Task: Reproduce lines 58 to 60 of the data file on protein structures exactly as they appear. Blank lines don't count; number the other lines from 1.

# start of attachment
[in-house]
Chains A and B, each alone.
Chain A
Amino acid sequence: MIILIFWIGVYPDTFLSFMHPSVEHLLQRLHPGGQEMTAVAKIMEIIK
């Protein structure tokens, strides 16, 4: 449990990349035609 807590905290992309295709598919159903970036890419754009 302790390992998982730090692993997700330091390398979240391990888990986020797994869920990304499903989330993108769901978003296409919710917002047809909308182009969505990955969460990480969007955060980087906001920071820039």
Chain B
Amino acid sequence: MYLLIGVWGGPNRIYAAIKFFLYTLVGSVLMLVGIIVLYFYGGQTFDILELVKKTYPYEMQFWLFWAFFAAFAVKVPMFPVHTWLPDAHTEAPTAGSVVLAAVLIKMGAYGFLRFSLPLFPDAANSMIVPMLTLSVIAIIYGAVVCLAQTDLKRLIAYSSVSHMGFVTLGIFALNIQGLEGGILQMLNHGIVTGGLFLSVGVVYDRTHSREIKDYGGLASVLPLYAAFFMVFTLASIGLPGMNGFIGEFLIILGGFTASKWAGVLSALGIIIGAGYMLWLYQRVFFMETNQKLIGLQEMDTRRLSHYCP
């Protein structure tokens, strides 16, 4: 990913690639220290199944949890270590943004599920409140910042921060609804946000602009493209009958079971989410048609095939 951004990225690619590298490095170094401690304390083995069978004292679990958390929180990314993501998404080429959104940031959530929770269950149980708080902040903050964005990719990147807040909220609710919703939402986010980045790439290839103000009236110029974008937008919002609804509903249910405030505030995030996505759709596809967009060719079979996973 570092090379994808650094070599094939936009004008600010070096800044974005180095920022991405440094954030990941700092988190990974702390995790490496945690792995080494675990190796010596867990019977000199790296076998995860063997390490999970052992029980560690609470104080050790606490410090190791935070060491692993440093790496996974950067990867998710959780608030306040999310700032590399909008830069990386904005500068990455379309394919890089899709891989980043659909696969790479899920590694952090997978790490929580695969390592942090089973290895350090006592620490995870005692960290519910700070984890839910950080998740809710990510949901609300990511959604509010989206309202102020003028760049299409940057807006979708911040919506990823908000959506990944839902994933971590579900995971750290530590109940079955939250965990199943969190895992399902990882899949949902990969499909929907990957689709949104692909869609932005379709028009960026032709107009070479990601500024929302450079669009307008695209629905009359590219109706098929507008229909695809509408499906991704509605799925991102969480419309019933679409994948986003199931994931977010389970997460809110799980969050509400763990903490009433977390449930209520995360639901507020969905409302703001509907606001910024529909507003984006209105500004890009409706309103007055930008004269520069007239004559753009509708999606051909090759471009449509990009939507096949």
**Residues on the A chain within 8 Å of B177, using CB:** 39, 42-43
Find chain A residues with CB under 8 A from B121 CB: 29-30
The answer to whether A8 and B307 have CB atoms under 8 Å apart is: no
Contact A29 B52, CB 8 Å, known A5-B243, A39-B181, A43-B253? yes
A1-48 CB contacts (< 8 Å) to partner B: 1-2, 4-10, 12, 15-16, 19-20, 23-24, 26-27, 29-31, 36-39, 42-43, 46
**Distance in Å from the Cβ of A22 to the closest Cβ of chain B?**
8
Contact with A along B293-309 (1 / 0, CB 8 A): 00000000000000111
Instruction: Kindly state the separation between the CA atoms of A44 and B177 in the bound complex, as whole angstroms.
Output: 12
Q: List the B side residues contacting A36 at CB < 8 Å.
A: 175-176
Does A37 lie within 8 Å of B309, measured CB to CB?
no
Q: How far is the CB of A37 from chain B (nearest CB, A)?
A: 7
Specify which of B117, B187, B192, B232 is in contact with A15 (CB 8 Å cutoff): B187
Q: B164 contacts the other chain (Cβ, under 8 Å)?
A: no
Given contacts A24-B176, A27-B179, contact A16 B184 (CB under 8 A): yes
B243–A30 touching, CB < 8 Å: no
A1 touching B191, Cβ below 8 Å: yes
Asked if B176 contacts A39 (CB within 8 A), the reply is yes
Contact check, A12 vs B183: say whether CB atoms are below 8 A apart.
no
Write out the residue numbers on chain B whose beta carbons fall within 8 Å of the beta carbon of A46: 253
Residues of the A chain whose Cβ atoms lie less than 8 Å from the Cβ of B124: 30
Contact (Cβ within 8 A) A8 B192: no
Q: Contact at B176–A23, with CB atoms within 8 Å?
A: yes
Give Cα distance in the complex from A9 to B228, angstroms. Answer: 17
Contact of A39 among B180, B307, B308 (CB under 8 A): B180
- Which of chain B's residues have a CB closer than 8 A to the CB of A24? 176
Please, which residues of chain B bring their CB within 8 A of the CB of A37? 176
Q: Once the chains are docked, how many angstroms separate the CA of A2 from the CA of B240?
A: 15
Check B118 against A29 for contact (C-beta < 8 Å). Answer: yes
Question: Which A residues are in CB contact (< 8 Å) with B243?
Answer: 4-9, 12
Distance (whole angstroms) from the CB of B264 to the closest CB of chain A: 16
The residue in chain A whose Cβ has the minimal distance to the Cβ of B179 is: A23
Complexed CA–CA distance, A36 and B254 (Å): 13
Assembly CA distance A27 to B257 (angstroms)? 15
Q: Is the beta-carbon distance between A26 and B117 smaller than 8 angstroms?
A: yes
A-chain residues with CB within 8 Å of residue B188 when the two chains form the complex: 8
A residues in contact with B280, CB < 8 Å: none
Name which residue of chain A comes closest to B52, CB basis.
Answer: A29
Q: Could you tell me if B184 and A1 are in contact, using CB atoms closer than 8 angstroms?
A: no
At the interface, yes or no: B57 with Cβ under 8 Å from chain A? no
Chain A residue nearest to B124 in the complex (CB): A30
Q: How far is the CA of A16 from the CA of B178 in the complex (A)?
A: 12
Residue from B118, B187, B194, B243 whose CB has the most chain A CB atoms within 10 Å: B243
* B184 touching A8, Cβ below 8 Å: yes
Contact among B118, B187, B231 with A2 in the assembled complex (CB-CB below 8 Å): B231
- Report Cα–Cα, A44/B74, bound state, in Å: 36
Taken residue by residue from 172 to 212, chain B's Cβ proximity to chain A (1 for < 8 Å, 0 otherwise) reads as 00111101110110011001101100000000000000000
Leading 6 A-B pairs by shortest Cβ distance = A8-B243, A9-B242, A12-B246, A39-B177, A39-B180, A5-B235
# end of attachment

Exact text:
Q: Could you tell me if B184 and A1 are in contact, using CB atoms closer than 8 angstroms?
A: no
At the interface, yes or no: B57 with Cβ under 8 Å from chain A? no